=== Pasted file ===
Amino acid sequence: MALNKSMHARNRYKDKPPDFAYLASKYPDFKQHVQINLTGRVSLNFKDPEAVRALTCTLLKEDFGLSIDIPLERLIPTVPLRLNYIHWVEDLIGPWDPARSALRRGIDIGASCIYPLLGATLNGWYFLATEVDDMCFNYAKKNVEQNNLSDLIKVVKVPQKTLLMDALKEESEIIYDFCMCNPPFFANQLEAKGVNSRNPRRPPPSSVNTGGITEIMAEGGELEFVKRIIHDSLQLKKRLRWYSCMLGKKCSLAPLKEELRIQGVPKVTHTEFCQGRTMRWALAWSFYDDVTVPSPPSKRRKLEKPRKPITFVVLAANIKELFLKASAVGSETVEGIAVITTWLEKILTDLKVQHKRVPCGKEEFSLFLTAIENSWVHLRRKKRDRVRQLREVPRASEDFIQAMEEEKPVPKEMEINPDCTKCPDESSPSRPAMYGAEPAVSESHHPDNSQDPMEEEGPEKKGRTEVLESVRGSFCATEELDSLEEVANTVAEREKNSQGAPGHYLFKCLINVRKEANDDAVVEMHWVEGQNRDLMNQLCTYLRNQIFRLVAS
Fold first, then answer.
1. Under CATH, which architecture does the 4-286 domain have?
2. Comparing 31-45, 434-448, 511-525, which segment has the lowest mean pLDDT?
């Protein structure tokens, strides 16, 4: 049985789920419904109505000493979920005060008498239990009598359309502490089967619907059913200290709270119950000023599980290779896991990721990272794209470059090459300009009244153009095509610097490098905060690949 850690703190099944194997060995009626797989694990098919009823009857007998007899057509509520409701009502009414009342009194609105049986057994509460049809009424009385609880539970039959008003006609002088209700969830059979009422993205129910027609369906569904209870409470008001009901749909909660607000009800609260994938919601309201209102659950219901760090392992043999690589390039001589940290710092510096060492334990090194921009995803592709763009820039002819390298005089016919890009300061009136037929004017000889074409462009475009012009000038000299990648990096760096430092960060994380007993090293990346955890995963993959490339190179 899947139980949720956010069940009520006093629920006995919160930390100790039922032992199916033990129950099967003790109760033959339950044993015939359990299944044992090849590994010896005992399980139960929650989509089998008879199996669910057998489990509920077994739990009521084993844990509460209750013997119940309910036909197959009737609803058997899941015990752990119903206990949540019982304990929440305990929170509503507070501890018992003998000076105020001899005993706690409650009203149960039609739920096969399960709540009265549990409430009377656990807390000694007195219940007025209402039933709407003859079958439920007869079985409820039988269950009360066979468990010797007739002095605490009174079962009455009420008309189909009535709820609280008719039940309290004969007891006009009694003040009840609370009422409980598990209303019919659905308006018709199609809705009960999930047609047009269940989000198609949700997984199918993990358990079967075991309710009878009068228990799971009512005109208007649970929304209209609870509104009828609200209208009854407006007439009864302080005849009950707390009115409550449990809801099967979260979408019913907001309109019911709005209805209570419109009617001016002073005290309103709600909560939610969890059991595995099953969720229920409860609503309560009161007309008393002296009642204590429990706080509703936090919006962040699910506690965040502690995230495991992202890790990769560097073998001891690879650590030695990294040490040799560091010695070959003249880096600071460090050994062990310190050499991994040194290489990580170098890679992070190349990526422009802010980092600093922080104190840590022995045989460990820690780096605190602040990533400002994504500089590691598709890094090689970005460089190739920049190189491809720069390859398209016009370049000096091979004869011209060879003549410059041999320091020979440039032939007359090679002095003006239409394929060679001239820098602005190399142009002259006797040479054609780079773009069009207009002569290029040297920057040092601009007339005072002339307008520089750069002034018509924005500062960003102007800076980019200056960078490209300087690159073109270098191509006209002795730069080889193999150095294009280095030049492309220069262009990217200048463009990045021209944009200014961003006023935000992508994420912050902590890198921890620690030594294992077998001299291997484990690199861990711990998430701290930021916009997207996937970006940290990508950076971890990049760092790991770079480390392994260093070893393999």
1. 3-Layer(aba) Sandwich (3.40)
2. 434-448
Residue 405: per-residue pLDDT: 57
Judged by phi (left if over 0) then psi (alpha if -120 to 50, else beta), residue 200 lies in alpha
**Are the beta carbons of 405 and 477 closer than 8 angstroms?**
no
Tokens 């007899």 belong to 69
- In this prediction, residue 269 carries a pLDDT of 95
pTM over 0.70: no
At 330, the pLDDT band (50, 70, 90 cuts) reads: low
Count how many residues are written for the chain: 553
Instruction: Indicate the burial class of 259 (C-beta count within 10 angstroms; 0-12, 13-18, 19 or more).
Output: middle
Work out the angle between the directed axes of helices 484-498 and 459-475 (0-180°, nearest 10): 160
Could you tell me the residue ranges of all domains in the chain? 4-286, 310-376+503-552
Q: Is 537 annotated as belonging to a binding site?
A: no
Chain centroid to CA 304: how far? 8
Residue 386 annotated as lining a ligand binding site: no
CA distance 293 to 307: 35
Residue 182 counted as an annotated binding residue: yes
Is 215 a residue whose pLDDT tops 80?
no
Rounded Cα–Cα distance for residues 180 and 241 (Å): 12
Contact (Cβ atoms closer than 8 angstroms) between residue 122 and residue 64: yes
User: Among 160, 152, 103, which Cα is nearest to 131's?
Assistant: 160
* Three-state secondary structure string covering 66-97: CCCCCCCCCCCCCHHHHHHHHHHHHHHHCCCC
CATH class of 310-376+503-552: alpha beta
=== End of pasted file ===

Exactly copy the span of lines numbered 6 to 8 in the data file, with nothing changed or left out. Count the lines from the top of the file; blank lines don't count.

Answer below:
1. 3-Layer(aba) Sandwich (3.40)
2. 434-448
Residue 405: per-residue pLDDT: 57